Only ans which work in the long term is minimal govt interference. How do we handle the situation now.No easy answers. I feel strongly if we need MITs/Stanfords in India it cannot come through govt schemes. Let us dissect BITS/IIIT H( author's favorite!) as to how they are managing and what is the motivation for them?. Isn't it profitable? Are they running under loss?. Can't we have more such institutes?. 3-5 years from now I will not be surprised if toppers in JEE adv prefer IIIT hyd as the first option.
My view is that only privatization can guarantee quality in the long run. To start with, can we start a new IIT with 30-70 (govt 30%) investment or dis-invest one of them.

Dheeraj Sanghi said...

@sriram, Most schemes would have pluses and minuses and will and can be improved over a period of time. Some of those minuses may be just a matter of opinion or perception. But this scheme is special because not just me, but a very large number of academics don't seem to be able to see pluses in this. As I said on twitter, my feeling is that MHRD does not have a strong stakeholder consultation mechanism, which Media Lab Asia had. MHRD only talks to Directors and VCs, and clearly from their perspective, it is great that they get to divide the pie among themselves. And because of this lack of wider consultation and consulting with only those whose job is to worry about their institutions' interest, MHRD often comes up with schemes which are poorer. If you look at Visvesvaray Fellowship of MLA, while the goals were somewhat different and hence not exactly comparable, still it was a scheme that changed the IT research in this country. The number of PhDs and the quality of those PhDs is much larger and better today than a few years ago. And I think it is because the scheme was designed with a lot of feedback from various stake holders. And that too is a government scheme.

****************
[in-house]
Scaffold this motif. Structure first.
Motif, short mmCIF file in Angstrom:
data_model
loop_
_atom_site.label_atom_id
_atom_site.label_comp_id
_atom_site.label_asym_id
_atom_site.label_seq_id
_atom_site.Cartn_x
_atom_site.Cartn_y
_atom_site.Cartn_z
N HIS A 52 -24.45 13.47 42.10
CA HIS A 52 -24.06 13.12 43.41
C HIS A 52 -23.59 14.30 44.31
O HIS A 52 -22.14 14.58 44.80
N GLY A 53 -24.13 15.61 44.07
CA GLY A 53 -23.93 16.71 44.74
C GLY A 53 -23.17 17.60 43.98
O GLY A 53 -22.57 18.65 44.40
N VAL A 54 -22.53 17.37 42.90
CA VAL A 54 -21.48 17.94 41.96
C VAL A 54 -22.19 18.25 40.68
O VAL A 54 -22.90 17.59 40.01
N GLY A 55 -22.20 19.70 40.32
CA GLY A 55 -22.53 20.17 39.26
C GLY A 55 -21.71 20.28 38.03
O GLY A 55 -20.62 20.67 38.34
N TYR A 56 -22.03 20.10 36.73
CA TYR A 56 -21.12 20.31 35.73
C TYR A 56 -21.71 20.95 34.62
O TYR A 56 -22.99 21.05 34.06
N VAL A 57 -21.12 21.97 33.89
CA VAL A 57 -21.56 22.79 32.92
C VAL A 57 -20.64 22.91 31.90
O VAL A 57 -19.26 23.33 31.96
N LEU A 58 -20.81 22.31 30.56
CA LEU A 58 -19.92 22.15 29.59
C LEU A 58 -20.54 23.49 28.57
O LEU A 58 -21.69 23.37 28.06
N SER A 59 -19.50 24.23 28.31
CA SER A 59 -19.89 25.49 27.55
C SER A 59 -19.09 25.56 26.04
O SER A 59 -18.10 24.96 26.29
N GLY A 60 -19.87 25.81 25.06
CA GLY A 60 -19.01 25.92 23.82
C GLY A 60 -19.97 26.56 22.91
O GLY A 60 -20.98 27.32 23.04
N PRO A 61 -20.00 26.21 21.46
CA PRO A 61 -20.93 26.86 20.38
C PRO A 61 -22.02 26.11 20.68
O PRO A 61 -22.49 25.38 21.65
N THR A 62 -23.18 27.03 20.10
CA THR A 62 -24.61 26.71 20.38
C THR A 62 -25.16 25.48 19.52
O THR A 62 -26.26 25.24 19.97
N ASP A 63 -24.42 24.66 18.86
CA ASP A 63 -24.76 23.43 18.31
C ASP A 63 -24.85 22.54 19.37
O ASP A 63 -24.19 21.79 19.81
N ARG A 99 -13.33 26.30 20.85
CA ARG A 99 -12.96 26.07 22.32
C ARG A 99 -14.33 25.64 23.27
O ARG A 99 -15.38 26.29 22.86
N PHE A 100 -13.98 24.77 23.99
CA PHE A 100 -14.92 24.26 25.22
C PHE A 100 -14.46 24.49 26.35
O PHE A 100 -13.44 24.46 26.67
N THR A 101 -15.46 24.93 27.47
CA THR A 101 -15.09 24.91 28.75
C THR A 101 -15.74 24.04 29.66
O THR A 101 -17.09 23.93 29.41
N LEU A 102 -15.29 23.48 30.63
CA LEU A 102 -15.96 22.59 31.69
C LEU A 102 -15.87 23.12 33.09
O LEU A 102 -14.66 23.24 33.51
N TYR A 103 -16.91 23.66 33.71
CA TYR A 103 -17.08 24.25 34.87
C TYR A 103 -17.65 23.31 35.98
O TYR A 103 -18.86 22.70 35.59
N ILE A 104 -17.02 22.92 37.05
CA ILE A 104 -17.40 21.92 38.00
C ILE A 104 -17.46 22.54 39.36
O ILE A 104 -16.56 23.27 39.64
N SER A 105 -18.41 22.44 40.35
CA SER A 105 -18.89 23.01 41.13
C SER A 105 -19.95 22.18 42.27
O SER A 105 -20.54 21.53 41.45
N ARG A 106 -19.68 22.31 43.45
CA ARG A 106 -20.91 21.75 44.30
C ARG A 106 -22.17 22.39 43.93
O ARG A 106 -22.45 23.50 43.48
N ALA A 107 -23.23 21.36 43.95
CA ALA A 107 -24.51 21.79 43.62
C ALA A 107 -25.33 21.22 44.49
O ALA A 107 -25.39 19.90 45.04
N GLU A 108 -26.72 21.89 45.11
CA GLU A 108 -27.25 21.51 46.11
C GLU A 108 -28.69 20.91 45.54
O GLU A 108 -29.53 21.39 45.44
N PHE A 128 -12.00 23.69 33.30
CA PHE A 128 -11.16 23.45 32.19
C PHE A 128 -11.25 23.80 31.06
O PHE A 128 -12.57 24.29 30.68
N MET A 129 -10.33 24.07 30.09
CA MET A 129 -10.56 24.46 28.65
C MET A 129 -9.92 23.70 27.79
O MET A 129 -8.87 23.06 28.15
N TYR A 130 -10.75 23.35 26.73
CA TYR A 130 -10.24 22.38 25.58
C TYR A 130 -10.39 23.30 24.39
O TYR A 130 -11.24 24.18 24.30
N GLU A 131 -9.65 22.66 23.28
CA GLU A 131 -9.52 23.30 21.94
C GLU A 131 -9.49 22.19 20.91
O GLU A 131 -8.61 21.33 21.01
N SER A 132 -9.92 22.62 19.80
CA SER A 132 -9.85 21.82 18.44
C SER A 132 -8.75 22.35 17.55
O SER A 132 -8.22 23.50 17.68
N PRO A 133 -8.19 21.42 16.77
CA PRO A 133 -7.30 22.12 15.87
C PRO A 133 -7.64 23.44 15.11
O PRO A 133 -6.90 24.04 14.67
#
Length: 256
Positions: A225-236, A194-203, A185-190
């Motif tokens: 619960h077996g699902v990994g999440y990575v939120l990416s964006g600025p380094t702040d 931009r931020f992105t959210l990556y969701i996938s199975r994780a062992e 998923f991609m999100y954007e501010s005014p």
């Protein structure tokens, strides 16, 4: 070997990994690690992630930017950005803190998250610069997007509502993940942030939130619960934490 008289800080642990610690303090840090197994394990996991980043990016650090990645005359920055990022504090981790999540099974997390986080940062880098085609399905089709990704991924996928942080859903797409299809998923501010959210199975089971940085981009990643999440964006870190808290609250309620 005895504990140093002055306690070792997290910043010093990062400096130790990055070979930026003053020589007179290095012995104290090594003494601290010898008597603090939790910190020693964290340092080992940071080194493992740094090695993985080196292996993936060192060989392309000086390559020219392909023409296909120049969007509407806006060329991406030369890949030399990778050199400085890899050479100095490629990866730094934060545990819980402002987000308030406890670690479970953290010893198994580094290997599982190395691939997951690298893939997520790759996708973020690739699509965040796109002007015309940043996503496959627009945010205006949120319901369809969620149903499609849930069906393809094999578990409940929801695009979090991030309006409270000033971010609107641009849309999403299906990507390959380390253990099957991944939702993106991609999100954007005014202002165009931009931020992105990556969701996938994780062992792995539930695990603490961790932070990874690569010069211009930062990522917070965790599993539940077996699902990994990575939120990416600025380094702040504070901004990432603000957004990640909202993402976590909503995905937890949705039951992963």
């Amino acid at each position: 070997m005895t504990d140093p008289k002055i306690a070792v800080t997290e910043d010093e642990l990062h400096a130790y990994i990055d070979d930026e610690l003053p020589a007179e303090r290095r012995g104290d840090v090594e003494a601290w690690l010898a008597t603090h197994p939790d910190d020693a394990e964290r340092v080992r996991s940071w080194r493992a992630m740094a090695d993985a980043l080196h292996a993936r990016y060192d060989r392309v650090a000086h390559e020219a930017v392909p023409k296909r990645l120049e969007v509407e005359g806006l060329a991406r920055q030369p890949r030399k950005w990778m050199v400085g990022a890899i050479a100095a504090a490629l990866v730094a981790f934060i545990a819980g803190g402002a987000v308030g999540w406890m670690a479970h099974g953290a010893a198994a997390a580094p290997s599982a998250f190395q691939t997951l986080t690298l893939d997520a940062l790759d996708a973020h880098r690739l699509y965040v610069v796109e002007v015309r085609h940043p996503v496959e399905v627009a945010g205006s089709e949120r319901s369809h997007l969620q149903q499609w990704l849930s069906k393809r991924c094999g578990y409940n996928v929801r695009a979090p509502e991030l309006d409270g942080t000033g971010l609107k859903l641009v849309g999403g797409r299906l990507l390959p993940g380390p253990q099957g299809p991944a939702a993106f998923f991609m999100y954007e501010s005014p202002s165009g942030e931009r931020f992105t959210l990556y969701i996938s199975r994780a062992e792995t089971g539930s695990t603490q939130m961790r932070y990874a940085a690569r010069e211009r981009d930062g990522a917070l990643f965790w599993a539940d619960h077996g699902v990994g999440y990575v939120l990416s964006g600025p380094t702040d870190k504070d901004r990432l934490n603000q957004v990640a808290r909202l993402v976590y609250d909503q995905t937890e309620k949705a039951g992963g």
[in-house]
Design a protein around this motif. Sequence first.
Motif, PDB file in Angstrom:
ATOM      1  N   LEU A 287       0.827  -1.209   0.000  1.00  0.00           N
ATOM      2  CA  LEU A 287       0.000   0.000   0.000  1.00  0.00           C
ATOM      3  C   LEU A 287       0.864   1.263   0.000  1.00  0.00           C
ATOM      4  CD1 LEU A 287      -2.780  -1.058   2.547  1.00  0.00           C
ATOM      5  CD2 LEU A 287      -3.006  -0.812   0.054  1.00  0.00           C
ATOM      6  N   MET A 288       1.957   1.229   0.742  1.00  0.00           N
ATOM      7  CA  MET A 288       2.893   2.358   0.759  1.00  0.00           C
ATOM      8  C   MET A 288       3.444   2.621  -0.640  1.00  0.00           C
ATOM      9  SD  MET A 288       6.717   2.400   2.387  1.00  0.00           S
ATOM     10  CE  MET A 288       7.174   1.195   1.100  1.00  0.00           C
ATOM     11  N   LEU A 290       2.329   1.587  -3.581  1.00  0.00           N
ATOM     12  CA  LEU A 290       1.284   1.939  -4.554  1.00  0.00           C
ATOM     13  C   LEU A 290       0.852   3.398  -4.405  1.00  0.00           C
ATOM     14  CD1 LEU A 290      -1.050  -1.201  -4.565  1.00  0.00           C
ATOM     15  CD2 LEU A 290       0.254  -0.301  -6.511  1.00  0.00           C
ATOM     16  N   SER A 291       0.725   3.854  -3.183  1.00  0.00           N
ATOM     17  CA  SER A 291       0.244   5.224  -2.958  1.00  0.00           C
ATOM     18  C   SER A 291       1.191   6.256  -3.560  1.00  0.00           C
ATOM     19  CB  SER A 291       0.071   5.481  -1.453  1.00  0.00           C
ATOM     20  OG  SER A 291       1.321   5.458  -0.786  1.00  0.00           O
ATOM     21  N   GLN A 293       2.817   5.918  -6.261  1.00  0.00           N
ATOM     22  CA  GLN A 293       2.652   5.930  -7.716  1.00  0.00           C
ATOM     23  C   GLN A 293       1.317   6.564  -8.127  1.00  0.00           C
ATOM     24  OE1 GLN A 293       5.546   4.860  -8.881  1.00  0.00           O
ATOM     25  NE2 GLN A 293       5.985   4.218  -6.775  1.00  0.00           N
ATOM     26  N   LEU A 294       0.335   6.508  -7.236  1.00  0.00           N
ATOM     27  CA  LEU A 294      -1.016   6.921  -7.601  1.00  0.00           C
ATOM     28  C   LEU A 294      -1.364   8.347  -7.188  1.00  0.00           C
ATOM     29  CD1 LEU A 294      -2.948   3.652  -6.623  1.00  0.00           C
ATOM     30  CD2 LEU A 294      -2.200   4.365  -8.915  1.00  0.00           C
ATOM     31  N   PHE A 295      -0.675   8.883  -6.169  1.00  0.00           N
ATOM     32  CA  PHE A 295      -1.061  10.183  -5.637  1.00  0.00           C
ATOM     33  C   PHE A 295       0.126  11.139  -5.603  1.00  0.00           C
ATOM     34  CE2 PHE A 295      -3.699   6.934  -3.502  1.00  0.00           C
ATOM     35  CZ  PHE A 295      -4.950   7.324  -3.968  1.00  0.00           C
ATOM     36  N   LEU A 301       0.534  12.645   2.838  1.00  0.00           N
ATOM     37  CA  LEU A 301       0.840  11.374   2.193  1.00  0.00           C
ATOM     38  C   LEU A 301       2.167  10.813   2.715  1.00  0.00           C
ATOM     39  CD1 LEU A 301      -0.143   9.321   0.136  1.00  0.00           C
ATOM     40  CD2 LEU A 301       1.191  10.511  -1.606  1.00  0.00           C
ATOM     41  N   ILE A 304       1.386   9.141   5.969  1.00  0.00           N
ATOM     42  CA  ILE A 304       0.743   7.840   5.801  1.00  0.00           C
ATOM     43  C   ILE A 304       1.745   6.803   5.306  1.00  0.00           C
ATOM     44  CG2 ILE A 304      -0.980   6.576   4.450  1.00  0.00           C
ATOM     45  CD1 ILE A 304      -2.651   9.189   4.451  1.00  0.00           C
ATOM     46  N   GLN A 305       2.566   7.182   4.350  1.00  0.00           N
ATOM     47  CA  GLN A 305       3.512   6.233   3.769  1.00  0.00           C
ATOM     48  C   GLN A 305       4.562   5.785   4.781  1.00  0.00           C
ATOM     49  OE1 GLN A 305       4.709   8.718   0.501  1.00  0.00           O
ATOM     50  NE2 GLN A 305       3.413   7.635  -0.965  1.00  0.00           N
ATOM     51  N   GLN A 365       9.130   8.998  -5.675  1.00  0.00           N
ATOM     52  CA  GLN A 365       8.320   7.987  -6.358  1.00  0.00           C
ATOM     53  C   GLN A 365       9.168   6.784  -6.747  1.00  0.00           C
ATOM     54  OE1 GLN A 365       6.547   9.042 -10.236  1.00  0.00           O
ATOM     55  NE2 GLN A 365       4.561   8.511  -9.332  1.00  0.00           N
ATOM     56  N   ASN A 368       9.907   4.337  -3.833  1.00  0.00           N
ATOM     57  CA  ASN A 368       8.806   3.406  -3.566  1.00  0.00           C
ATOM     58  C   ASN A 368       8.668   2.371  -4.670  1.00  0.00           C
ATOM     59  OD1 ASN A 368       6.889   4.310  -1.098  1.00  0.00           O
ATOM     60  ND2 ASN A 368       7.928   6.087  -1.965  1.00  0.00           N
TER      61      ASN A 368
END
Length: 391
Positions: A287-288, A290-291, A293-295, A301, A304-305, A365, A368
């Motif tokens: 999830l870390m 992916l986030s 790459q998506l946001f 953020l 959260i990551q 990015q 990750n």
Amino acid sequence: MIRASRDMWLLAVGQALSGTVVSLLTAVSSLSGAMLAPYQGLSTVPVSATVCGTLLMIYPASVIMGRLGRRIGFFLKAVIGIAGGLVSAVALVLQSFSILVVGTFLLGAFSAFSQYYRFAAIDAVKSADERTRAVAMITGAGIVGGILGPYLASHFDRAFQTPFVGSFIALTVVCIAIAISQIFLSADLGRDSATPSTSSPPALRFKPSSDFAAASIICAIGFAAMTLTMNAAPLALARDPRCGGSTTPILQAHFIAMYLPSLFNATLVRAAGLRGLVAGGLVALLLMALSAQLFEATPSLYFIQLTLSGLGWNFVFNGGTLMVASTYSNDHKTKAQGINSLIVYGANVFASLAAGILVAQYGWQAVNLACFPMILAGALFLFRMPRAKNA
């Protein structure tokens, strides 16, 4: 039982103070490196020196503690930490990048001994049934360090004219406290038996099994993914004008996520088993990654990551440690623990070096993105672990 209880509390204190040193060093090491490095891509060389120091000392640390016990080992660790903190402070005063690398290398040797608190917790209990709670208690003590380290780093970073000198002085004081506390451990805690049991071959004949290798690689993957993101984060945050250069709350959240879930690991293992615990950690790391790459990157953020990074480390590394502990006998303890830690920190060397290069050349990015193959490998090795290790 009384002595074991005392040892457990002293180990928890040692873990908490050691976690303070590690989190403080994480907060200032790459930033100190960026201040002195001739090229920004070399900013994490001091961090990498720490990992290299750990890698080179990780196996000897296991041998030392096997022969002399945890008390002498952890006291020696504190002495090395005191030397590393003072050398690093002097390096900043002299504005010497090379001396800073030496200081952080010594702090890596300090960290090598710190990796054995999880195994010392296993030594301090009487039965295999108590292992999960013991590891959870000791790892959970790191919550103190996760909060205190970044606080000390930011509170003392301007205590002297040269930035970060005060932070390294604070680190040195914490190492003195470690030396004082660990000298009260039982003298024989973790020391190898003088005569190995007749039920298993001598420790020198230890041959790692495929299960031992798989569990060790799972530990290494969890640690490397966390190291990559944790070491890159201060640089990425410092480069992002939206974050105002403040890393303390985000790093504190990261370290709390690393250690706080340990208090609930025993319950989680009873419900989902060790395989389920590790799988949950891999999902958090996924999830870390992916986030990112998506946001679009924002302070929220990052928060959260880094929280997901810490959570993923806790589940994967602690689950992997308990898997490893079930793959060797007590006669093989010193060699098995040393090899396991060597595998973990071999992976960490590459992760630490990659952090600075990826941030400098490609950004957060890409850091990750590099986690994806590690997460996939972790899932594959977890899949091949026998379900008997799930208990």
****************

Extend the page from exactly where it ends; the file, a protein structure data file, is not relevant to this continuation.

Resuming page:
Unknown said...

Sir,i am student from Dr.BATU,maharashtra. Why isn't the scheme not Eligible for all universities in INDIA ?. By making such fellowships...does it proves that only iitians are the cream..and others aren't ??

Unknown said...

Dear sir, Your views are highly appreciated. I would like to add one more point.
In case of research, a student is totally new. It is not about JEE or GATE type of written exam where he/she can single handedly perform miracles in research. Research is a slow, consistent process and faculty/supervisor plays an important role. When the same faculty could not do miracles in research how can we expect them to do world class research now with these IIT/NIT btech students?
The notion of taking so called highly intelligent IIT/NIT btech graduates and expecting them to perform miraculous research with existing incapable faculty and ecosystem is in itself the primary blunder that govt has done.

Pratik Bhansali said...

That's the point you missed I suppose. Secondly, the hike in UG fees is not viable. I have seen the financial constraints of these students. Additionally, even this high amount is costing only 60 crores per annum to the government. Some balancing has to be done.

Pratik Bhansali said...

Sir, may we publish your post on our portal, ' The Nation's Opinion'? I assure due credit and a categoric reference link to this blog.

Sharad Nandanwar said...

Completely agree. Why not make it fair for everyone and decide the stipend based on how one is performing in GATE (although this may have no correlation with the research aptitude of student). Does government only wants to trust JEE conducted by IITs and not GATE conducted by the same?